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The Lorelei Signal



Written by Josie Gowler / Artwork by Marcia Borell


I’d left the olive trees and healing waters of Thessalia a year ago. The sand-blasted Deserts of the Black and the Red were now at my back. I bowed slowly at the carcass of my horse, offering up a prayer of thanks for his loyalty. Every day of our trek I had asked him if he’d wanted to continue and with a whinny he had pointed his powerful body towards our goal. His heart had given out yesterday. I missed him already, even more than I missed the rain.


Thessalia. A refuge after the hordes of Kastor and Garamant had destroyed our city, Heraniki. Our powerful mages had done what they could. They’d all died helping us disperse the enemy’s army. Every one of the city’s survivors young enough to fight had volunteered to avenge Heraniki; I alone had been chosen.


The twisted branches of barren olive trees reached out to me like giant’s claws. Sweltering in the heat, I pulled my hair back into a ponytail, off my neck, and undid the top button of my tattered jerkin. “I am Avelli the People Spear,” I muttered, wading the river, gagging on the smell of rotting fish. “I ignore my fear.” I drew my sword.


On the other bank, attack geese armed with wing spikes lunged at me, hissing like snakes. Vicious, but I was in a vicious mood too. I beheaded them all.


Ahead of me was a bubbling mass of death. “I am Avelli the People Spear,” I intoned again. “Let the evil lament at my coming.” I wrinkled my nose at the acrid stench of sulphur. Around the thin line of the path mud boiled angrily over ruined walls. Devastated towers poked up. The remains of the tainted metropolis spread out to the horizon. Another city-state destroyed for the greed of Kastor and Garamant. It would be their last.


It took the whole afternoon to pass through the shattered remains of amphitheatres, temples and triumphal arches. I stepped over broken chariots and skeletons congealed with mud. This city would have been beautiful once, just like mine had been. I aimed for the citadel, the only intact building. Looking up, I saw two figures staring at me from the highest battlements. I had known I couldn’t possibly surprise them. I resisted the urge to wave.


The door was open for me already. I stepped inside. The interior was gilded, opulent. I crept up the wide spiral staircase, wary of traps, but there were none. Curious.


Into their lair. An untouched feast was laid out on a long table against the wall. Kastor and Garamant sat on silver couches in front of it, twins of death with neat grey beards and perfect smiles. Oh, how I hated them. “I am Avelli the People Spear. I will avenge,” I announced.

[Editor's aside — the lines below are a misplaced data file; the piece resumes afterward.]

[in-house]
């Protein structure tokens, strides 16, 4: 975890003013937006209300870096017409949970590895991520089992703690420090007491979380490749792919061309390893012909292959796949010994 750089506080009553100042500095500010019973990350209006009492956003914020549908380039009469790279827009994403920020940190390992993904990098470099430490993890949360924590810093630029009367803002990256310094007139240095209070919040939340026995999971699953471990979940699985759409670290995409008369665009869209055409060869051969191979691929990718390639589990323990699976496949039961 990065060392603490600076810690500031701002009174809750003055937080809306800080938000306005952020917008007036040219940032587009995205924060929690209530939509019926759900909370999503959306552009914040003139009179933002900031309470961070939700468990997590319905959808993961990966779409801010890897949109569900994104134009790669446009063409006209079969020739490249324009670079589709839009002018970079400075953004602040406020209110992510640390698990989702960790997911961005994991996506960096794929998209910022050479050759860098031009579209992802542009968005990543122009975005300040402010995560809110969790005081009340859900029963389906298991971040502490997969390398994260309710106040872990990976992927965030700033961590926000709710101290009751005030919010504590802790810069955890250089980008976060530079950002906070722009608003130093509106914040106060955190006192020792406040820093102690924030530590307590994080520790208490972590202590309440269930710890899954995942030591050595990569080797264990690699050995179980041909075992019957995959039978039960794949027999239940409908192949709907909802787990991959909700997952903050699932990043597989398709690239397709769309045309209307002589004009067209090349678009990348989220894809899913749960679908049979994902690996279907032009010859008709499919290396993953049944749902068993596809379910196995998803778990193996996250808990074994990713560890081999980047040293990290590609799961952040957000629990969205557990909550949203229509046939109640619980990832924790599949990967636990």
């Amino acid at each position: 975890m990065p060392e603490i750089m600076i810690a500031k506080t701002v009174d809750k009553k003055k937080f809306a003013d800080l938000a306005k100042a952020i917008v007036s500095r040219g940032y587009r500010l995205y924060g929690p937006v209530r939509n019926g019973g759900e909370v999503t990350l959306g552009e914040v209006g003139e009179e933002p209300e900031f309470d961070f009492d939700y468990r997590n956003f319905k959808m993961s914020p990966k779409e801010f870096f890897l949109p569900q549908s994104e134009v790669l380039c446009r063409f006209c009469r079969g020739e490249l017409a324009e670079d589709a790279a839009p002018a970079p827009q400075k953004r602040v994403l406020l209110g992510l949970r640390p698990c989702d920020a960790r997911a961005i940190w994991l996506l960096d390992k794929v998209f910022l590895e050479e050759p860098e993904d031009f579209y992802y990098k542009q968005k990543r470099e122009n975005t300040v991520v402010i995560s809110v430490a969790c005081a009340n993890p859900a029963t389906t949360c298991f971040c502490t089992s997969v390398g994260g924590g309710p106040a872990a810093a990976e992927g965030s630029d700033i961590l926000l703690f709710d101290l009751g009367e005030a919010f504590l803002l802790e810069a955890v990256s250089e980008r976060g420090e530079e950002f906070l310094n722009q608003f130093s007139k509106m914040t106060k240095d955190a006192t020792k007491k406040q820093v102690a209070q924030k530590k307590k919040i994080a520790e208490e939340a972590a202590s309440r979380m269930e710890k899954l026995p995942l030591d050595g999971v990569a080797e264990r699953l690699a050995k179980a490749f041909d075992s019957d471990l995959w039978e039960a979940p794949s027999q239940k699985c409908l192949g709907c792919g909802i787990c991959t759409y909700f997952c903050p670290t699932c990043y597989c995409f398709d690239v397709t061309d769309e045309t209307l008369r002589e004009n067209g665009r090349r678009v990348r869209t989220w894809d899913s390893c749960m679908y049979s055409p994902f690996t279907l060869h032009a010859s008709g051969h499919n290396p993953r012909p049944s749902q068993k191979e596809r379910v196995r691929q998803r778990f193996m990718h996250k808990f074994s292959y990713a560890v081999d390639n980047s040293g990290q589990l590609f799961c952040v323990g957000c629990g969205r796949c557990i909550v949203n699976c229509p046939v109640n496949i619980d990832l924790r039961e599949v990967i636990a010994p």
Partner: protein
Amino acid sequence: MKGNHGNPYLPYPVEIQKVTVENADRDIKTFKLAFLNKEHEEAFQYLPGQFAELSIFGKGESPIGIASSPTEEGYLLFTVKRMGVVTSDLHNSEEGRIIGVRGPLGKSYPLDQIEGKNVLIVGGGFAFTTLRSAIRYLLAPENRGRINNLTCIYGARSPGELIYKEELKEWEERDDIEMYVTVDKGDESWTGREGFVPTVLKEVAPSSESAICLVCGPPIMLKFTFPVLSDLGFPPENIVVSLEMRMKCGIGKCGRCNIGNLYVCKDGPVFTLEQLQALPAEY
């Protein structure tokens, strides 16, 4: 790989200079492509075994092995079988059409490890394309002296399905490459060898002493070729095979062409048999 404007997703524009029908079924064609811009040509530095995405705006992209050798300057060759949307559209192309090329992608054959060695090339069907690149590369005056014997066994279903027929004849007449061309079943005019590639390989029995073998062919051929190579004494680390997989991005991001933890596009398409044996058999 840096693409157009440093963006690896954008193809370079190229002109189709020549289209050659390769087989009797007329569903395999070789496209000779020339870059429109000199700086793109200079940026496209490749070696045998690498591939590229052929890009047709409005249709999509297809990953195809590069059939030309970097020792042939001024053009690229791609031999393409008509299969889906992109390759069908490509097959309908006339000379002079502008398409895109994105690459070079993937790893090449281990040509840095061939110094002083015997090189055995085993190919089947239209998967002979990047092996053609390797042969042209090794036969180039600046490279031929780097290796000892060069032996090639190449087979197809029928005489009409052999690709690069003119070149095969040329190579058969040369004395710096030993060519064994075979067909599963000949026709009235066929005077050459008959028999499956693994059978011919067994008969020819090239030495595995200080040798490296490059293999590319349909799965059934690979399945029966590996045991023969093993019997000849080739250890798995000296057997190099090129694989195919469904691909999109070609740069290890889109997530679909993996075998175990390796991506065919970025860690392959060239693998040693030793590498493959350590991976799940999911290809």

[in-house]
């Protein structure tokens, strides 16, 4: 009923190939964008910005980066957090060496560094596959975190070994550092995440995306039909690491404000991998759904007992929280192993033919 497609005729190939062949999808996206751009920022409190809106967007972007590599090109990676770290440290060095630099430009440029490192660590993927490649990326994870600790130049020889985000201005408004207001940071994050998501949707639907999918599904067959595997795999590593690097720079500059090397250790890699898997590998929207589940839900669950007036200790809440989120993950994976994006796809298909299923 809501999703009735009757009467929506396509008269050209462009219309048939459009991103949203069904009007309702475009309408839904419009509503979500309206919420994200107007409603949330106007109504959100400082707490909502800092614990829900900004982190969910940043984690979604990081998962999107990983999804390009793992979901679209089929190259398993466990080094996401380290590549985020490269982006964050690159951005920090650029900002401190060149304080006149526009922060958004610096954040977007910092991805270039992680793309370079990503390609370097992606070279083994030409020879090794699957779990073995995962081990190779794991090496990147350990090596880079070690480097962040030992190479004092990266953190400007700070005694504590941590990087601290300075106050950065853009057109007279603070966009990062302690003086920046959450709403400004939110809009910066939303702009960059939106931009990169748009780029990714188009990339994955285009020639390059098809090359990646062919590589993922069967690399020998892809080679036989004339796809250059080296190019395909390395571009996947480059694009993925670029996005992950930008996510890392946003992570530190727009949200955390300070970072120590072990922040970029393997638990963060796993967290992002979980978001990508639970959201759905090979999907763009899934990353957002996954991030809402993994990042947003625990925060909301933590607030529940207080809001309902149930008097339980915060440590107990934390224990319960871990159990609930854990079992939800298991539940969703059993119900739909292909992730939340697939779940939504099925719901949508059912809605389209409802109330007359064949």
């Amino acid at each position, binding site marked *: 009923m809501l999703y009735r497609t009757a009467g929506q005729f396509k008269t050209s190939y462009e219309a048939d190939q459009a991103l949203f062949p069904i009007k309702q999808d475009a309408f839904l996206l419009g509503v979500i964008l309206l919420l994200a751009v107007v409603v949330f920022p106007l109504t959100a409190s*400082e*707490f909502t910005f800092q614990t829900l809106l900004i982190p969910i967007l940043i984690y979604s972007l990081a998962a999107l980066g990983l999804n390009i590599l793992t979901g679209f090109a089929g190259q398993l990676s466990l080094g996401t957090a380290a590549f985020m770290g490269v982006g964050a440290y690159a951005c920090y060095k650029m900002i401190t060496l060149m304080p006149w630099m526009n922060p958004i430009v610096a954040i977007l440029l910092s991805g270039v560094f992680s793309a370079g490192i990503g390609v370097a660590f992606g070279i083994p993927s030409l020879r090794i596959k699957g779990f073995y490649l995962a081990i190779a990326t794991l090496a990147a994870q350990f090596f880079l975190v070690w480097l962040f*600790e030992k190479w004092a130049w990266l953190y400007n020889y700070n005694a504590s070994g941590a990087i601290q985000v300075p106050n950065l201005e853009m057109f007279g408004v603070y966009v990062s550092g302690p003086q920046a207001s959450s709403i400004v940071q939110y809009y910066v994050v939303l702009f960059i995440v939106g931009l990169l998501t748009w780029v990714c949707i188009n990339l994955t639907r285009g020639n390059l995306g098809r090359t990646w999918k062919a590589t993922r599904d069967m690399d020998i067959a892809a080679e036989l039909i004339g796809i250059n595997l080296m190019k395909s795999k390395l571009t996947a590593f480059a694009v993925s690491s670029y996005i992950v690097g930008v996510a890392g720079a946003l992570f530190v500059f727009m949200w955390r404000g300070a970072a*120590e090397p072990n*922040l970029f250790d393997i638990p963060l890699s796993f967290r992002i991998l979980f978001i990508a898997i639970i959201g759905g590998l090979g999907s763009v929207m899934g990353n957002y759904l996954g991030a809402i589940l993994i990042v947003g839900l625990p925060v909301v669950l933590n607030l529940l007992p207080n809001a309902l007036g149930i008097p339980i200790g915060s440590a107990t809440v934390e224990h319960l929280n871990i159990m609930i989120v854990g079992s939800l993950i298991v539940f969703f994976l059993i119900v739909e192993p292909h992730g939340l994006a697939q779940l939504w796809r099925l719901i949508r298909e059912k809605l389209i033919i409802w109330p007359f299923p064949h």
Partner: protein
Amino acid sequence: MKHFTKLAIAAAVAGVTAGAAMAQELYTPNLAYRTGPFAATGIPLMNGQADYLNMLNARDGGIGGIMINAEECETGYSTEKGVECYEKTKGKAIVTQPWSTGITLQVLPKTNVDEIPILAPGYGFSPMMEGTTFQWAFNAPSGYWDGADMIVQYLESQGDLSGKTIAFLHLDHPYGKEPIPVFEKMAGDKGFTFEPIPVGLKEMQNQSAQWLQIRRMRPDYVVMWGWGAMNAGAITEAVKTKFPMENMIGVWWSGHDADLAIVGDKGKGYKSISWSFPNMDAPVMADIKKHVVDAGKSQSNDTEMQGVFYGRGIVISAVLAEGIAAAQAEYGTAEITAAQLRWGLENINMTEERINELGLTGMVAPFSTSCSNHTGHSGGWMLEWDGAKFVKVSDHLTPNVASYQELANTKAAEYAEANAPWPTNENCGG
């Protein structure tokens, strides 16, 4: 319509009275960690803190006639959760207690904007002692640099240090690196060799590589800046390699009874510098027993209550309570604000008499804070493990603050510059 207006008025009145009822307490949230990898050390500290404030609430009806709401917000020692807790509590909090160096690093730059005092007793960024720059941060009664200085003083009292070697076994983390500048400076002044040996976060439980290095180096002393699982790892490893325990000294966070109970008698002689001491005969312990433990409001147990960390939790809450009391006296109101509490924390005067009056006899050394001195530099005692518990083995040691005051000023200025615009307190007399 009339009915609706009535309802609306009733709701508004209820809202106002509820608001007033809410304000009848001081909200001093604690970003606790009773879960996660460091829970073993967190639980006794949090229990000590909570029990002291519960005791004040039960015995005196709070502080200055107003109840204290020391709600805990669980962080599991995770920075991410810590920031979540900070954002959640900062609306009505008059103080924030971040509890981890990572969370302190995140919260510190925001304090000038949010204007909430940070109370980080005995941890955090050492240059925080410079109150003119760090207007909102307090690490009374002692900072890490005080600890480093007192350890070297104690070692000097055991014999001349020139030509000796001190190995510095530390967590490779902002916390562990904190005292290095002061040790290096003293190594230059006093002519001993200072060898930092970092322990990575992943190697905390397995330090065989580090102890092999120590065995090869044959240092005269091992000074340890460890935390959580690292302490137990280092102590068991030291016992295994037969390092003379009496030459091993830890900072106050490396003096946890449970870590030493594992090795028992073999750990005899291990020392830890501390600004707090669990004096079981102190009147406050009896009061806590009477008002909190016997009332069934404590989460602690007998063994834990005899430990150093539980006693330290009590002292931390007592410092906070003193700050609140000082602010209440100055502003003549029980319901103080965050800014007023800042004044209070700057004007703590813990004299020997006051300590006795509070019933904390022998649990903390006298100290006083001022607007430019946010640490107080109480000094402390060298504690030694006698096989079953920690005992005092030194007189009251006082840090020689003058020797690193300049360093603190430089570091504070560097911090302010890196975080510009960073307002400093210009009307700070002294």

“I am Kastor. I will receive your vengeance.”


“I am Garamant. I will receive your vengeance.”


“A whole year to find you. A whole year to travel here,” I spat. “Wasted time. Wasted lives.”


“The time passes slowly for us, too.” Kastor pointed out of the window. “Witness the punishment already upon us.” The sun dipped below the horizon and as I watched, Kastor and Garamant shrank and shrivelled in front of me, their hair falling out in clumps, emaciated flesh paling and drawing back in decay, clinging to their skulls. Their gold-trimmed robes hung off their skeletal bodies. They screamed.


“Now you see,” Garamant said. “When we cursed Heraniki, it magnified back at us—your mages’ last work.” He hissed through ruined teeth. “Every evening we die in agony, every morning we return.”


I gestured at the broken city outside the citadel. “Then why…?”


“An attempt to lift the curse,” Kastor said, as if that somehow made it acceptable. I snarled. I raised my sword at the figures on the couches, took a step forward…and stopped.


“Avelli, kill us. Kill us now with your shining bronze,” said Garamant.


“No,” I replied. “I’ll not give you death.” I glared at them. “I’ll give you the sanction of immortality.”


Kastor groaned. “Dying over and over for ever.”


“Agony and the anticipation of agony, unrelenting.” I pushed my sword back into its scabbard. “I am Avelli the People Spear. And this is exactly what you deserve.”


I turned and marched out.


As I walked away the echoes of their screams of despair followed me. I’d upheld their sentence of immortality. No mercy. I allowed myself the first smile I’d had in years.

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J Gowler.jpg

Josie Gowler has had over 50 short stories and articles published, including publication in 101 Words, 365 Tomorrows, Every Day Fiction, Bewildering Stories, Theaker’s Quarterly Fiction and Perihelion. She has recently seen her first memoir piece published, in Clownchair. 


In her non-writing spare time, Josie is a Napoleonic re-enactor, another source of short story inspiration.

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